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Crude Oil

Oil Prices Soar to a Year High as Crude Reserves Plummet

Crude stocks at a pivotal storage hub in Cushing, Oklahoma, hit their lowest levels since July last year, sparking concerns about future supply stability.

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Oil prices surged to their highest level in over a year during Asian trading hours, following a significant drop in crude stocks at a key storage hub.

Crude inventories in Cushing, Oklahoma, plummeted to a mere 22 million barrels in the fourth week of September, close to operational minimums, according to data from the U.S. Energy Information Administration (EIA).

This translates to 943,000 barrels compared to the prior week.

The U.S. West Texas Intermediate (WTI) rose to $95.03 per barrel during Asian trading hours, a peak not seen since August 2022 before settling at $94.61 per barrel.

Meanwhile, Brent crude oil, the international benchmark for Nigerian oil, rose by 1.05% to $97.56 per barrel.

Experts have attributed this rapid price escalation to the precarious situation in Cushing, with Bart Melek, Managing Director of TD Securities, stating, “Today’s price action seems to be Cushing driven, as it reaches a 22 million bbl low, the lowest level since July 2022.”

Melek expressed concerns about the challenges of getting crude oil into the market if inventories continue to dip below these critical levels.

Predicting the future trajectory of oil prices, Melek suggested that prices could remain at elevated levels for the remainder of the year, especially if the global oil cartel, OPEC+, continues to enforce supply restrictions.

He noted that the global oil market is facing a “pretty robust deficit” on top of an already significant shortfall for this quarter due to OPEC’s production cuts.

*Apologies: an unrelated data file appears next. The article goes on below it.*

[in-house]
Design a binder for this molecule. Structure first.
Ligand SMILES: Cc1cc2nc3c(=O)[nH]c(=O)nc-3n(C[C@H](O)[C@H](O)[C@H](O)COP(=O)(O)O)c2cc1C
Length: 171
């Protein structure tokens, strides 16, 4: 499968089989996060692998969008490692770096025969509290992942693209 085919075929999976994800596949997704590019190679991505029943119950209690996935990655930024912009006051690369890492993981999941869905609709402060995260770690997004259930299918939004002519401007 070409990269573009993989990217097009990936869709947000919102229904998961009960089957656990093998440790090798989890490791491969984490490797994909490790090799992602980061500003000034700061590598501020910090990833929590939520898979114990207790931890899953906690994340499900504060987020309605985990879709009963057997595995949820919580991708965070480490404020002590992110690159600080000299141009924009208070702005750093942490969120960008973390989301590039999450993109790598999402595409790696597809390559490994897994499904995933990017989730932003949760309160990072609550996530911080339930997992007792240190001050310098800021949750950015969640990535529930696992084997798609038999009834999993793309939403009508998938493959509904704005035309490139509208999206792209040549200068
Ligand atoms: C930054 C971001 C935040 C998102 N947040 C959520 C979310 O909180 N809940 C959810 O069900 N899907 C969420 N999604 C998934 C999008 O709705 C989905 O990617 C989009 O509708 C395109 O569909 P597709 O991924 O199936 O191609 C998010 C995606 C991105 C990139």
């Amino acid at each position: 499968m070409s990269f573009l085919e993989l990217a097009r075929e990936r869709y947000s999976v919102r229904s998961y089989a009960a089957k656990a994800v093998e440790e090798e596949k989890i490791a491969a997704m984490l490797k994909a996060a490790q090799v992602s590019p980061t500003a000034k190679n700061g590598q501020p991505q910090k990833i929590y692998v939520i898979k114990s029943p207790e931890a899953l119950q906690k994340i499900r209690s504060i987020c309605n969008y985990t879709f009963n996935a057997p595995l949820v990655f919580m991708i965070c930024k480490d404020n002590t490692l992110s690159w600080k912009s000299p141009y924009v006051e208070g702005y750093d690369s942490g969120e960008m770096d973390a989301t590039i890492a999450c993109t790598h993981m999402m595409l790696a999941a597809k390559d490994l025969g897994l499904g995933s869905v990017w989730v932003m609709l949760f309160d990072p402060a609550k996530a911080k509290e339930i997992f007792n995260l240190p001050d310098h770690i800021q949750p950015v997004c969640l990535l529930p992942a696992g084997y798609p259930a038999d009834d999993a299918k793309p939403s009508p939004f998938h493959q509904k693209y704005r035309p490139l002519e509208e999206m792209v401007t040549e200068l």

Saudi Arabia, a key player in OPEC+, has extended its voluntary crude oil production cut of 1 million barrels per day until the year’s end, bringing its crude output to nearly 9 million barrels per day.

Russia has also pledged to continue its 300,000 barrels per day export reduction until December.

However, Melek added that, “We do think that prices could keep up near these levels for quite some time. But I don’t think it’s too permanent. And we might have seen the end of this rally.”

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Energy

Nigeria’s Struggles in the Energy Sector Highlighted as Ghana Nears Universal Access

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Power - Investors King

Nigeria, the most populous nation in Africa, continues to grapple with challenges in its electricity sector, resulting in a significant lag behind its West African neighbor, Ghana, in achieving universal access to electricity.

Ghana, with its population of 34 million, has made remarkable strides in expanding its power sector, attaining an impressive electrification rate of 88.54% with ambitions to reach 100% by 2024.